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A Lifetime of Achievement: Cynthia Rothrock and Her Rough-and-Tumble Journey in the Martial Arts

by Terry L. Wilson

In the past four decades, Cynthia Rothrock has accomplished what many of us dream about but few of us achieve, and that is to nurture our traditional martial arts skills into an international career in fight films. Here’s a look back for those who are too young to have witnessed the rise of Rothrock.



Before she graced her first silver screen, young Cynthia Rothrock was a force to be reckoned with on the East Coast. She won numerous forms and sparring championships on the regional circuit, then graduated to the national scene, where she continued to dominate in weapons and kata. Known for blending disciplines — including tang soo do, taekwondo, eagle-claw kung fu, wushu and Shaolin kung fu — Rothrock used flashy moves that happened to catch the eye of a Chinese movie producer in 1983. Soon after, she found herself in Hong Kong starring in her first film.

It didn’t take long for the martial artist from Wilmington, Delaware, to parlay her tournament-honed skill set into on-screen success. She cultivated such a following that there’s still demand for Cynthia Rothrock movies around the world. Her accomplishments in acting shouldn’t be interpreted as evidence that she’s just a film fighter, however. At heart, she is still a … fighter.

“One of my go-to combinations when I was fighting in tournaments was to set my opponent up by doing a front kick with my right leg, and when [my opponents] would drop their guard to block it, I’d turn it into a roundhouse kick to the head,” Rothrock recalls. “I also liked to use my side kick a lot. I just looked for an opening and shot it in real fast.”

She still has a plethora of fighting moves in her arsenal thanks to her experience in those aforementioned arts. “One of the techniques from my wushu training is a trapping-hand counterpunch,” she says. “When my opponents have their arms up and stretched outward, I like to trap their hand with my right, then with a lot of speed, I hit their front hand with my left and come in with a backfist.”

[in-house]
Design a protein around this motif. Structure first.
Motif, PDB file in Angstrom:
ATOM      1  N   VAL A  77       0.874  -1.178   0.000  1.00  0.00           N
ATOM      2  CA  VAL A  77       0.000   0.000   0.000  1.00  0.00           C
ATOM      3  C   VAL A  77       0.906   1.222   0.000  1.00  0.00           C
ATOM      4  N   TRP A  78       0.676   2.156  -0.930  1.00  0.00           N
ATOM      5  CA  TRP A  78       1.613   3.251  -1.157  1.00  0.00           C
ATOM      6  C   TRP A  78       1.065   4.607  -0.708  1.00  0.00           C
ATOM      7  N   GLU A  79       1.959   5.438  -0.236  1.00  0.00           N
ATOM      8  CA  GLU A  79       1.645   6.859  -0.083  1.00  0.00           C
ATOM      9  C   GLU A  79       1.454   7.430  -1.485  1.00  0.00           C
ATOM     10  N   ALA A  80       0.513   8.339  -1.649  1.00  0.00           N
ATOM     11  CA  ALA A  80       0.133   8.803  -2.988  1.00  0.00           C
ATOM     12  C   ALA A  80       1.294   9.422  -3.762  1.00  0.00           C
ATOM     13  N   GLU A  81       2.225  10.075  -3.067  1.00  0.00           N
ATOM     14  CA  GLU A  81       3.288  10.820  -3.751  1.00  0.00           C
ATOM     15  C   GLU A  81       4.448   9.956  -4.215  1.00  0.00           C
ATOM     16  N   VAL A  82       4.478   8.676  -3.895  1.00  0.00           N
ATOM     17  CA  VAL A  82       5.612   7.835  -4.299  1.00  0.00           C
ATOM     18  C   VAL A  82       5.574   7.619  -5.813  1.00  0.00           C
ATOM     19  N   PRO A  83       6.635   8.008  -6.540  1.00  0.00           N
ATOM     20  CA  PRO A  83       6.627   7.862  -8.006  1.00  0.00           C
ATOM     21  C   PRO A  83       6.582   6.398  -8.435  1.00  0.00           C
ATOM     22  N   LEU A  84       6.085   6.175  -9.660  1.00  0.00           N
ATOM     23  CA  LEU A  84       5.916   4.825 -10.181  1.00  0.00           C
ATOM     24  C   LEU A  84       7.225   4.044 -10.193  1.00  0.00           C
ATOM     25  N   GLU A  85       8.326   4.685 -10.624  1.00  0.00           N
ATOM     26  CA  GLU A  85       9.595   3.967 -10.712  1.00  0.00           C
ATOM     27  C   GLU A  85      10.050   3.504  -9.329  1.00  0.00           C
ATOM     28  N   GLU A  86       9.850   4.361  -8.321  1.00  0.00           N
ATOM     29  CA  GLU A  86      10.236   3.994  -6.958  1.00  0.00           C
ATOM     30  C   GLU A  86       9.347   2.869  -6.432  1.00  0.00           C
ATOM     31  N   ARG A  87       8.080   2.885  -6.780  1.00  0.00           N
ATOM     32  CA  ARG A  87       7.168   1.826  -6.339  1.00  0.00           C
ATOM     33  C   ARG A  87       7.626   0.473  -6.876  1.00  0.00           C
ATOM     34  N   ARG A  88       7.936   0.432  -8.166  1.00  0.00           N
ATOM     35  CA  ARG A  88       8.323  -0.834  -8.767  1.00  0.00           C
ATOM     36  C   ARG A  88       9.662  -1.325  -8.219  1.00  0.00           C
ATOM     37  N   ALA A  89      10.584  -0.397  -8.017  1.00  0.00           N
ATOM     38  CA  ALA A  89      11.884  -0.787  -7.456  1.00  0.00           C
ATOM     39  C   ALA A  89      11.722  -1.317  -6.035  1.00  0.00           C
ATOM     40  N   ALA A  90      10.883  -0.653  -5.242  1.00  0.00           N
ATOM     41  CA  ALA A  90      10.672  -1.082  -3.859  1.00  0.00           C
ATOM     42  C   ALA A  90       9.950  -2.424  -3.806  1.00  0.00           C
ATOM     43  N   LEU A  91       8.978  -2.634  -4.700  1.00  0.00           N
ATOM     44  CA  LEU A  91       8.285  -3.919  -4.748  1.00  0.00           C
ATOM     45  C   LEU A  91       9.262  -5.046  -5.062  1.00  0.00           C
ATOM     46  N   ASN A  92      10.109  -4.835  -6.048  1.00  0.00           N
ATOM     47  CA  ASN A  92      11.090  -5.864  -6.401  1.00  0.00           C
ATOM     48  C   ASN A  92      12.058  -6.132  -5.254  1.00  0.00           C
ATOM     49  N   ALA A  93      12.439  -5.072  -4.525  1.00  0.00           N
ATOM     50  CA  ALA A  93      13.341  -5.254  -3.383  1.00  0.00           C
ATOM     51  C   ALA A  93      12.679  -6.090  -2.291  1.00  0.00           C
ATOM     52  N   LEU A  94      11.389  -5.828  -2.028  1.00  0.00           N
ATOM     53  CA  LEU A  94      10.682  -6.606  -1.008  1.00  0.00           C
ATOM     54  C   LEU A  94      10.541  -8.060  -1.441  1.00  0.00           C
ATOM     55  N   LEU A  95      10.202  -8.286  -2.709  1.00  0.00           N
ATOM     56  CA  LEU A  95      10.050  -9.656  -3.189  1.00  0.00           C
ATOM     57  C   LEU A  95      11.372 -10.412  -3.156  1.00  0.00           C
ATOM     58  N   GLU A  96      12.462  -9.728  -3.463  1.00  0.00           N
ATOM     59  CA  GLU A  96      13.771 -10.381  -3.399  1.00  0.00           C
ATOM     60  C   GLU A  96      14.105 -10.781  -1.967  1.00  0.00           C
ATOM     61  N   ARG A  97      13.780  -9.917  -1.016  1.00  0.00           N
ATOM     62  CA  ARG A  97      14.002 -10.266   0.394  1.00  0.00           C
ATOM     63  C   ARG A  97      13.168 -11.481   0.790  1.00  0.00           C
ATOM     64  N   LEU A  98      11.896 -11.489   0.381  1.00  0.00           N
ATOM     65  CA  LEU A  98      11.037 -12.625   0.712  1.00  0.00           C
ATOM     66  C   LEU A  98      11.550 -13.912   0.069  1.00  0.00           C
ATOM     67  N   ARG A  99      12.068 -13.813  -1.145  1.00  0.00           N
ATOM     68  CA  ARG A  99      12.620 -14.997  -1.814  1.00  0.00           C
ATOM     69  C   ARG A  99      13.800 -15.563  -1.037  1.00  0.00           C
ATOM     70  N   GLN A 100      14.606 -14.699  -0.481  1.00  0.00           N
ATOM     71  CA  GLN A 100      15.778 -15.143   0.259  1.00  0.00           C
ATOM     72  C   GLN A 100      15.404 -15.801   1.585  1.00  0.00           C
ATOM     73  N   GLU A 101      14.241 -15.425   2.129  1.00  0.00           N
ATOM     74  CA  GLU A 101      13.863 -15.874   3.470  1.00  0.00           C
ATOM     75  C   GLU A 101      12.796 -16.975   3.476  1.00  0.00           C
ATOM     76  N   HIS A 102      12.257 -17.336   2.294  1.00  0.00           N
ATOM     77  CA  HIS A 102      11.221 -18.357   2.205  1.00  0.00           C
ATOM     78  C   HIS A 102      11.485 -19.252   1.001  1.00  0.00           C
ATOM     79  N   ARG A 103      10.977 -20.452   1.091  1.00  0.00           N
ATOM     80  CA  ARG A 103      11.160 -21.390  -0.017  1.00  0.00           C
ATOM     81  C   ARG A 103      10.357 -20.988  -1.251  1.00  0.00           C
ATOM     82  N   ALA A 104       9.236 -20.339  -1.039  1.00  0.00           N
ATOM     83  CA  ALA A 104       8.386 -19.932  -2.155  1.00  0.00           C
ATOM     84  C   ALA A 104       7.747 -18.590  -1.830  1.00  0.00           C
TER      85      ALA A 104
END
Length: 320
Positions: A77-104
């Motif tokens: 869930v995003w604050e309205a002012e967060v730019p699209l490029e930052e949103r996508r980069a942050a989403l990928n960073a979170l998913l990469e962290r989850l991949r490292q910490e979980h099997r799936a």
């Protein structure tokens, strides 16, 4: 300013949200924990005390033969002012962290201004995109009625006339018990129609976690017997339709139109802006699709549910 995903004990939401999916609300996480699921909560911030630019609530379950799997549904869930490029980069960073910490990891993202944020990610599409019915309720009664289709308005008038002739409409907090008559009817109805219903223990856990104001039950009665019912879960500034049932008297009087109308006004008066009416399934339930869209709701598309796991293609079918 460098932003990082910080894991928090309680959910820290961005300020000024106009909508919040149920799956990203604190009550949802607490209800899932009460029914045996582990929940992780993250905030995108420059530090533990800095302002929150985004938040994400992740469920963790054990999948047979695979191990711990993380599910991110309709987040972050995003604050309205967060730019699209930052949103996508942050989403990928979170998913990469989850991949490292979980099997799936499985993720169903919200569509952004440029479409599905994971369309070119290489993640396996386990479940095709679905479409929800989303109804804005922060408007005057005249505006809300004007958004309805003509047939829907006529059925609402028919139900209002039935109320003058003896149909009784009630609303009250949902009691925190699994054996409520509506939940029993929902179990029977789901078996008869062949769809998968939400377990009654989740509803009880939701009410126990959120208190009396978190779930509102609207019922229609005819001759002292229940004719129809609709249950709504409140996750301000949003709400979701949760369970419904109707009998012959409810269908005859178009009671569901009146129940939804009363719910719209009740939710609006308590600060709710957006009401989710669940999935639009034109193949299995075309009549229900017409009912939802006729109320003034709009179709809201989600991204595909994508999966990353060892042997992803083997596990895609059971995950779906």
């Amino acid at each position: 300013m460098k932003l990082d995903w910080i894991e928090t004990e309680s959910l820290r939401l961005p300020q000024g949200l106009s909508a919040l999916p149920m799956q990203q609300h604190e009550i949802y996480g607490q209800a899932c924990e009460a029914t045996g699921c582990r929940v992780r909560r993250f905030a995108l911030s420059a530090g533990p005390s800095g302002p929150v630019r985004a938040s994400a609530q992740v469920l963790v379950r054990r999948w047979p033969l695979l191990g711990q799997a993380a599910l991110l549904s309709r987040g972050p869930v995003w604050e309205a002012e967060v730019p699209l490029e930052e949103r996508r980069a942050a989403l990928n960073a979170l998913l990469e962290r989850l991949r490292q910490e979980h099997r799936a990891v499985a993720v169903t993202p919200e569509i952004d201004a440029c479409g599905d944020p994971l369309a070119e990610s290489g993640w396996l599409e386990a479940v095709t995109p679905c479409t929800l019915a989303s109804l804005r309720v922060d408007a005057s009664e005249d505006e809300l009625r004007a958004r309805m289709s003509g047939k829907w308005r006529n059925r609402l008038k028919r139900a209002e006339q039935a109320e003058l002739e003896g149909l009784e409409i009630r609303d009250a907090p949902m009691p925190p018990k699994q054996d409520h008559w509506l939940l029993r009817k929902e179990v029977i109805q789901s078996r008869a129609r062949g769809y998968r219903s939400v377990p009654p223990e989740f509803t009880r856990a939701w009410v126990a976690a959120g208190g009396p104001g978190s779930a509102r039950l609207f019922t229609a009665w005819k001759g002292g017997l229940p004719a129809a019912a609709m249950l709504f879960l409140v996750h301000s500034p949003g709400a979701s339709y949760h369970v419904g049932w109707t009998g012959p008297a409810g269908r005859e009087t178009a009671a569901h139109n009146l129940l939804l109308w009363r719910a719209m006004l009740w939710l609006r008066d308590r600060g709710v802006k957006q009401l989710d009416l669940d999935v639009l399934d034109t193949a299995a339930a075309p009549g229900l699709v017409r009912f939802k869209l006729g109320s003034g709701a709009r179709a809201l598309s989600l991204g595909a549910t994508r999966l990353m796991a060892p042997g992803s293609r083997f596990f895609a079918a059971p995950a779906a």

Recognizing the advantages that accuracy and explosiveness could confer, Rothrock long ago decided to transform herself into a better athlete and vowed to be in top physical shape for every match and performance. That further polished her fighting method. “I moved quickly, faking with one technique and hitting with another,” she says. “The instant they bit on my first technique, I’d shift my position and attack in a way they weren’t expecting.”

Yes, point fighting is exciting to watch with its kicks and punches that can score in the blink of an eye, but we all know that on the street, no points are awarded for finesse and the loser doesn’t walk away with a consolation prize. To Rothrock’s credit, her roots in the traditional arts kept her from ever thinking that success on a tournament mat translates to success in a dark alley.

“Point fighting does sharpen your reflexes — like how to block and move fast — but fighting on the street is an entirely different ball game,” she says. “When you’re point fighting, you might do a move that you would never want to do in a street fight. Point fighting is a sport. I’m not saying you can’t get hurt, but it’s nothing like being in a street fight.”

The attributes you develop in competition aren’t entirely useless, she notes. “Tournament fighters are trained to move fast, to get in and out quickly while scoring a point in the process. So traditional tournament fighting is really good to help you with your reflexes and help you avoid something that’s coming at you fast.”

Furthermore, she’s quick to point out that a kick is still a kick and a punch is still a punch. If you land any technique with speed and power — especially if you hit a vital point on the body — it has the potential to take out an opponent.